VIDEOS 4/1: Pepsi Center, Denver CO

Fleetwood Mac performed at the Pepsi Center in Denver, Colorado, on Wednesday night.

Stevie dedicated “Landslide” to Ashley:

“So I would like to dedicate this next song to one of the people in my tribe, and her name is Ashley. And I just want to tell you, Ashley, ‘Everything’s going to be OK because your fairy godmother is here! No more worries.’ This is ‘Landslide,’ and it’s for Ashley.”

Date Venue Location Reviews Show # Total
Wednesday, April 1, 2015 Pepsi Center Denver, Colorado 33 73


Thanks to Laura Arroyo, banfibill, Roy Medina, Jeremiah Rogers, slukes1, and The Attitude for sharing these videos!

The Chain (banfibill)

Dreams (banfibill)

Dreams (Jeremiah Rogers)

Everywhere – partial (Roy Medina)

Tusk (Roy Medina)

Tusk (The Attitude)

Say You Love Me (banfibill)

Big Love (The Attitude)

Big Love (Jeremiah Rogers)

Landslide with dedication (banfibill)

Landslide (Jeremiah Rogers)

Landslide (Laura Arroyo)

Never Going Back Again (banfibill)

Gypsy story (slukes1)


Little Lies (The Attitude)

Gold Dust Woman (Jeremiah Rogers)

Go Your Own Way (The Attitude)


Don’t Stop (The Attitude)

Set List

1. The Chain 13. Landslide
2. You Make Lovin’ Fun 14. Never Going Back Again
3. Dreams 15. Over My Head
4. Second Hand News 16. Gypsy
5. Rhiannon 17. Little Lies
6. Everywhere 18. Gold Dust Woman
7. I Know I’m Not Wrong 19. I’m So Afraid
8. Tusk 20. Go Your Own Way
9. Sisters of the Moon 21. World Turning
10. Say You Love Me 22. Don’t Stop
11. Seven Wonders 23. Silver Springs
12. Big Love 24. Songbird


Roy Medina
Roy Medina

REVIEW: Fleetwood Mac at the Pepsi Center in Denver

Fleetwood Mac plows through a 22-song set like gleaming pros.

Photos by Daniel Petty

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If you’re like me, and it’s not impossible that you are, you grew up vaguely aware of Fleetwood Mac. You thought of the band’s music as something primarily designed for parents, like chardonnay or station wagons. It wasn’t until you listened to it at a party in college, surrounded by people who were a bit older and cooler than you, that you realized it was also something for you. Something that deserved the critical praise and karaoke treatment it always got. Something really good.

Those thoughts wouldn’t leave me last night as I watched the band play its second, capacity Pepsi Center show in the span of four months. The Rumours-era lineup, which includes recent and utterly indispensable returning member Christine McVie, plowed through a 22-song set like gleaming pros. Most of the audience was middle-aged and seated, and happily so. But despite the frequent, between-song nostalgia from Stevie Nicks (resplendent and witchy), Lindsey Buckingham and a circumspect McVie, the band proved its music doesn’t belong to one generation. We all own “Rhiannon,” is what I’m saying. And it owns us.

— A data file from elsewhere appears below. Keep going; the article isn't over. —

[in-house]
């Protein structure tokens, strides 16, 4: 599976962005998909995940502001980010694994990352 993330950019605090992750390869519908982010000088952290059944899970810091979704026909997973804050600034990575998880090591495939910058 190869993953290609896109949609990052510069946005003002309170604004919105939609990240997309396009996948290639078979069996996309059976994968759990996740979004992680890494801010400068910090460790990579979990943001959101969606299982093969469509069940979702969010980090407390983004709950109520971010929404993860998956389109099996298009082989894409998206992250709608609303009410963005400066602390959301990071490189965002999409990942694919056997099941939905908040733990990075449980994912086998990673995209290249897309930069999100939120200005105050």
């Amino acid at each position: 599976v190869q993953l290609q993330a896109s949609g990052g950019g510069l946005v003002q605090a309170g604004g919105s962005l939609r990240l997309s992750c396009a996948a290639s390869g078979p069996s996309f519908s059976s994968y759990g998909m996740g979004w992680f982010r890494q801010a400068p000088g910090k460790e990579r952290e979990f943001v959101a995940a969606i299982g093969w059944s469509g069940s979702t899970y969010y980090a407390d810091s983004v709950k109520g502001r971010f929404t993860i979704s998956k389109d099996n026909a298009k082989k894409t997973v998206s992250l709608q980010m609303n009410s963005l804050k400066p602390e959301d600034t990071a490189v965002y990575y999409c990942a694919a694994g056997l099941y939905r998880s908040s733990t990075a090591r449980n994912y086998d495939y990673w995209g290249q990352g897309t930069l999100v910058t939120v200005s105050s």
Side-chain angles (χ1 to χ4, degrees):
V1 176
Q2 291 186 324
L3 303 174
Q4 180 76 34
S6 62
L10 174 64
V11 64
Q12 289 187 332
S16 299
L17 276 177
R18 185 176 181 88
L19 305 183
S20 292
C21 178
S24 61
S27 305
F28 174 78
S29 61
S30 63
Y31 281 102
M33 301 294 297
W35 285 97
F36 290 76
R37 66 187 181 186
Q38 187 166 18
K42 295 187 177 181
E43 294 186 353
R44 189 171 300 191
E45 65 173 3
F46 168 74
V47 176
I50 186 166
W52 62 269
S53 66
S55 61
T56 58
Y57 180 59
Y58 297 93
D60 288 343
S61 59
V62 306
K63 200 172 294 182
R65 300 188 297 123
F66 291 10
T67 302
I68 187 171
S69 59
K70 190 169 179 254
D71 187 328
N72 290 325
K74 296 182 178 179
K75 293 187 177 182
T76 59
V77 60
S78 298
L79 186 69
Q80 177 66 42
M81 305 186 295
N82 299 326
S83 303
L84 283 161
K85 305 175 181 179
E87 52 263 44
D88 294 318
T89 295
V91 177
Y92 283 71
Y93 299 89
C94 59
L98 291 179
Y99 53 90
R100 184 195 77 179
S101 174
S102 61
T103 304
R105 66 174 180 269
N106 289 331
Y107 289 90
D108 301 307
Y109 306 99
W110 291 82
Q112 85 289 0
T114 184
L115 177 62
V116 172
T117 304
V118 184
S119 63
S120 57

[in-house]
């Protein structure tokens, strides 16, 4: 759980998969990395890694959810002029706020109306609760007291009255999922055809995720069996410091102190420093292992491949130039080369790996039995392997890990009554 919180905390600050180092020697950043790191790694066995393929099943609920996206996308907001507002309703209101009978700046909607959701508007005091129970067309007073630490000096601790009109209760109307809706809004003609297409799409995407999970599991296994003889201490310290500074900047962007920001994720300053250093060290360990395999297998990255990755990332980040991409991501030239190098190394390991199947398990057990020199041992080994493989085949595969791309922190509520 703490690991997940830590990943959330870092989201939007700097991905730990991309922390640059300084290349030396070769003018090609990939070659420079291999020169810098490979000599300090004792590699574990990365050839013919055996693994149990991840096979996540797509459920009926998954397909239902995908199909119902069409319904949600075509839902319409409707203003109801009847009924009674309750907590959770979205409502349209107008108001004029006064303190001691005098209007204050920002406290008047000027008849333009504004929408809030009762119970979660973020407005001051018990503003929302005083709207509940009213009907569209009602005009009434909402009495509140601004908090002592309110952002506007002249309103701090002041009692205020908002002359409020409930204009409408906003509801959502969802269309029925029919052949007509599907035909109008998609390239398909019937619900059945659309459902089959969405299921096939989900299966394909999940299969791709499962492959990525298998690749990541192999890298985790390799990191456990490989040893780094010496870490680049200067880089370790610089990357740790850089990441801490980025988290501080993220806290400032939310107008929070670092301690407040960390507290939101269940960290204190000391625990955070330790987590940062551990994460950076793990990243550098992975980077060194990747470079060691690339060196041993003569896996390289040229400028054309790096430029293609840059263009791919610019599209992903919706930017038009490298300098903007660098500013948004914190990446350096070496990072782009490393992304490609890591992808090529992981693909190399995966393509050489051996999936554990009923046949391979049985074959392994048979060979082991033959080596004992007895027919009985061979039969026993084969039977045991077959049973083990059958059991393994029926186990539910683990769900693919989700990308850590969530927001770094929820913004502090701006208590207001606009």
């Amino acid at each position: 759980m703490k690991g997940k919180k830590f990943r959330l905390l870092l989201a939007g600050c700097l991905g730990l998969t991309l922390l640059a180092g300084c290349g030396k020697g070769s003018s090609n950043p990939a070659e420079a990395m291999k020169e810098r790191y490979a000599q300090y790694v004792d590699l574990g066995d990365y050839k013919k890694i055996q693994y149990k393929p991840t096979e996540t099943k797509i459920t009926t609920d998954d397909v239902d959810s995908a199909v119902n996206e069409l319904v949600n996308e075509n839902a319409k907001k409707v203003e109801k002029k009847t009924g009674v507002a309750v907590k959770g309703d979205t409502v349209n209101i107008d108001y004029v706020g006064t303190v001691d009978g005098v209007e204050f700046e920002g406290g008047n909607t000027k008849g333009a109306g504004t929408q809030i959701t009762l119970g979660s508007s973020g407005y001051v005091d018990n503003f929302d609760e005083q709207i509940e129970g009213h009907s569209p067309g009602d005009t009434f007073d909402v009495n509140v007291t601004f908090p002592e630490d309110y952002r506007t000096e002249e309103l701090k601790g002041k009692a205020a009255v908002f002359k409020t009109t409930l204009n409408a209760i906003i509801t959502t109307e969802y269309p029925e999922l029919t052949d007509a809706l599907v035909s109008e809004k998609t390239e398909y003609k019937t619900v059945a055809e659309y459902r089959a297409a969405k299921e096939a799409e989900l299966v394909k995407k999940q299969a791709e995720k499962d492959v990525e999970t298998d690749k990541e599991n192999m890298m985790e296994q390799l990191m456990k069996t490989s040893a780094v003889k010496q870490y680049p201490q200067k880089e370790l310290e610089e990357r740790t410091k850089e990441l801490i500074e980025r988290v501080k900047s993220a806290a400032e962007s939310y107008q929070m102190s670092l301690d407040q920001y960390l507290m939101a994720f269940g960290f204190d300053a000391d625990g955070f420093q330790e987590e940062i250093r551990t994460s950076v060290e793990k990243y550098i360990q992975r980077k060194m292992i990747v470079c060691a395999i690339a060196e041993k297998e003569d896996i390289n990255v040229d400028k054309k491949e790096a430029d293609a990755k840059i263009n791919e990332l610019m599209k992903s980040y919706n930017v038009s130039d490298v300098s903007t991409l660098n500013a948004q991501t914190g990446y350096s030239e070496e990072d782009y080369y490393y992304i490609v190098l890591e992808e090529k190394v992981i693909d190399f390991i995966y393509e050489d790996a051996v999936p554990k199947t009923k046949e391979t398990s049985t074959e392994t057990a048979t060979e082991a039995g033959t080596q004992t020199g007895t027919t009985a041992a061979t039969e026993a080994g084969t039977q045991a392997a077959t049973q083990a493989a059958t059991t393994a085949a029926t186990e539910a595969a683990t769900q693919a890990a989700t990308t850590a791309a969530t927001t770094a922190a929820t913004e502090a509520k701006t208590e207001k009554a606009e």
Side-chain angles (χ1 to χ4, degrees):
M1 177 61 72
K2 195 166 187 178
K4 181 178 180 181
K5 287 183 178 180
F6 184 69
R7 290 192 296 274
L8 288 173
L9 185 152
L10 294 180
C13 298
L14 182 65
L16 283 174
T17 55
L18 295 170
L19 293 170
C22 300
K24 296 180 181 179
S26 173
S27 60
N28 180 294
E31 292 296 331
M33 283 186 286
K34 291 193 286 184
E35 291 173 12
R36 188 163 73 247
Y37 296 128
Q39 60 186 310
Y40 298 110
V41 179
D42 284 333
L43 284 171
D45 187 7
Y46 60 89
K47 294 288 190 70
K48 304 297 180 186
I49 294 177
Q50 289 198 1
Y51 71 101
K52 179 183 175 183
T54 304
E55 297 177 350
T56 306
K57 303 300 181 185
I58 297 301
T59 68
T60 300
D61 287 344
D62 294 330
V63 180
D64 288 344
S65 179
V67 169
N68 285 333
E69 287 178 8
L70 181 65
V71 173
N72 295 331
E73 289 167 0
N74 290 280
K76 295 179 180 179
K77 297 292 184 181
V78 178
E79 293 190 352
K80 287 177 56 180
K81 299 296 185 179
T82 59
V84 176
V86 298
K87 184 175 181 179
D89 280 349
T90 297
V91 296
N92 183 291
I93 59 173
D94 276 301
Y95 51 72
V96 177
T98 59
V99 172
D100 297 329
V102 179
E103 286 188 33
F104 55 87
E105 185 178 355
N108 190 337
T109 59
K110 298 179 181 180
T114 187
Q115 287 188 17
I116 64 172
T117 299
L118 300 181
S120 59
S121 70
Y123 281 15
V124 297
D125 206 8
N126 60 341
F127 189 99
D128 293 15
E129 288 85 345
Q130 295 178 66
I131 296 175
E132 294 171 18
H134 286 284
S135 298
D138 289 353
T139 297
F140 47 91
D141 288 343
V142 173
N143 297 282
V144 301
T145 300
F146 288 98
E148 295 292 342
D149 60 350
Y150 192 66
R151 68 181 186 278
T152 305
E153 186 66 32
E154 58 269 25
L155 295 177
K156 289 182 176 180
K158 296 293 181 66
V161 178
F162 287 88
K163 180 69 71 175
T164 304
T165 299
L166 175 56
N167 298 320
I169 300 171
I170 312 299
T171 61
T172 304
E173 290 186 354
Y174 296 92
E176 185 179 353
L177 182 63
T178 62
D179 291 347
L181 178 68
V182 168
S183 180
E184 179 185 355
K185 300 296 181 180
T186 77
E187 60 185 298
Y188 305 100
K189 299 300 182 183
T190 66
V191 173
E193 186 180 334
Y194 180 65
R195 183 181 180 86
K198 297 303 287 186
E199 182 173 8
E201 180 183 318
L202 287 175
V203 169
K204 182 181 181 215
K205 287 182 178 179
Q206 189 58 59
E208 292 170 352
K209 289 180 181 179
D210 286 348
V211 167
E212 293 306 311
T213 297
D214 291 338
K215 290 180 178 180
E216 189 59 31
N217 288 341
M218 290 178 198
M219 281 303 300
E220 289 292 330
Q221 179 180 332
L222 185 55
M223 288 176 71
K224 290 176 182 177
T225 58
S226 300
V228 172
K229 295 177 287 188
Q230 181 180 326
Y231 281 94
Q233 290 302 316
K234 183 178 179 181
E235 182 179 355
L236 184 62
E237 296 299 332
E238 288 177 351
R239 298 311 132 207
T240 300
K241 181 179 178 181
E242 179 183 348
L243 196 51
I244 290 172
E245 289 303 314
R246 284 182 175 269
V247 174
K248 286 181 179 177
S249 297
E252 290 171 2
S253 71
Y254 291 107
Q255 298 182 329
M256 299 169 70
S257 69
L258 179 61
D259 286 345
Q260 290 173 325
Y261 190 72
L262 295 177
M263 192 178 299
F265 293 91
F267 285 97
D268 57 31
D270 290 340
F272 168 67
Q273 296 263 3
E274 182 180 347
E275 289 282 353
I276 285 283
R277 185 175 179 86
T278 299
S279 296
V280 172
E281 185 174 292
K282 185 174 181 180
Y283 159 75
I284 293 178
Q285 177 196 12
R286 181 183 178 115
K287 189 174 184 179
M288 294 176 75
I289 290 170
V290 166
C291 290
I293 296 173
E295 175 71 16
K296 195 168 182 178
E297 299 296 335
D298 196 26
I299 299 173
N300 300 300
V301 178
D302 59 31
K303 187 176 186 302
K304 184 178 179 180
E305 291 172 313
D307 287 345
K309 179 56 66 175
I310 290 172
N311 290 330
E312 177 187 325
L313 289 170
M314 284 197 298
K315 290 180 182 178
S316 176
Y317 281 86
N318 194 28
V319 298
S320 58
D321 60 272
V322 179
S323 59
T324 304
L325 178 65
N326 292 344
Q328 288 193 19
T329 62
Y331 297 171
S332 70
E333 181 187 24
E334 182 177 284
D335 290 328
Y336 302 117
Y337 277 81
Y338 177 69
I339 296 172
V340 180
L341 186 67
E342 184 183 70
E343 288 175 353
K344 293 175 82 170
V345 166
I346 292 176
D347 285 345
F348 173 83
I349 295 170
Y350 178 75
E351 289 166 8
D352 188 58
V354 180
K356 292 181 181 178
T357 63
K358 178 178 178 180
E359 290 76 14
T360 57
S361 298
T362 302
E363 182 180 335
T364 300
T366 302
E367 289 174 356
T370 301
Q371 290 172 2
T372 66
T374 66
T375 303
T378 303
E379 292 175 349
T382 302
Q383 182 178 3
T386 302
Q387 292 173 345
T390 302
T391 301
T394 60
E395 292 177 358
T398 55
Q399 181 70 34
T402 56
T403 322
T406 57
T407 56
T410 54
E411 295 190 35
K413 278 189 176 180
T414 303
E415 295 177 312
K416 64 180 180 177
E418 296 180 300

The band’s got its moves down, but it wasn’t just going through the motions. How many times has Stevie Nicks twirled in circles to “Gypsy,” her frilly black cuffs brushing the beaded necklaces on her mic stand? This is show business, not a feel-good creative lark, but it’s clear these things occasionally overlap. Scrutinizing the band members’ faces as they talked about the drama, breakups, rehab stints, etc. only reinforced how mysterious they remain. This was show No. 73 of their current tour, an improbably energized Buckingham told the audience near the beginning. But the 10-piece band (which included some truly great backup singers) belted out every golden, honeyed melody, aurally iconic riff and tumbling percussive passage like it was their first in years.

“Let’s get the party started!” Nicks encouraged us, adorably, after “Dreams.” The tie-dyed dads and toe-tapping moms obliged, mouthing every word to “Second Hand News” and “Big Love.” Mick Fleetwood’s subtly insistent drumming was the heartbeat. Buckingham’s leads were the neural electricity. Hearing these classic songs rendered so impeccably was like watching Salvador Dali re-paint one of his masterpieces from memory, on demand. The band found an expert balance between slavish imitation of its 39-year-old recordings and melodic variations of well-worn choruses — even if Stevie took the vocal low road on a few songs.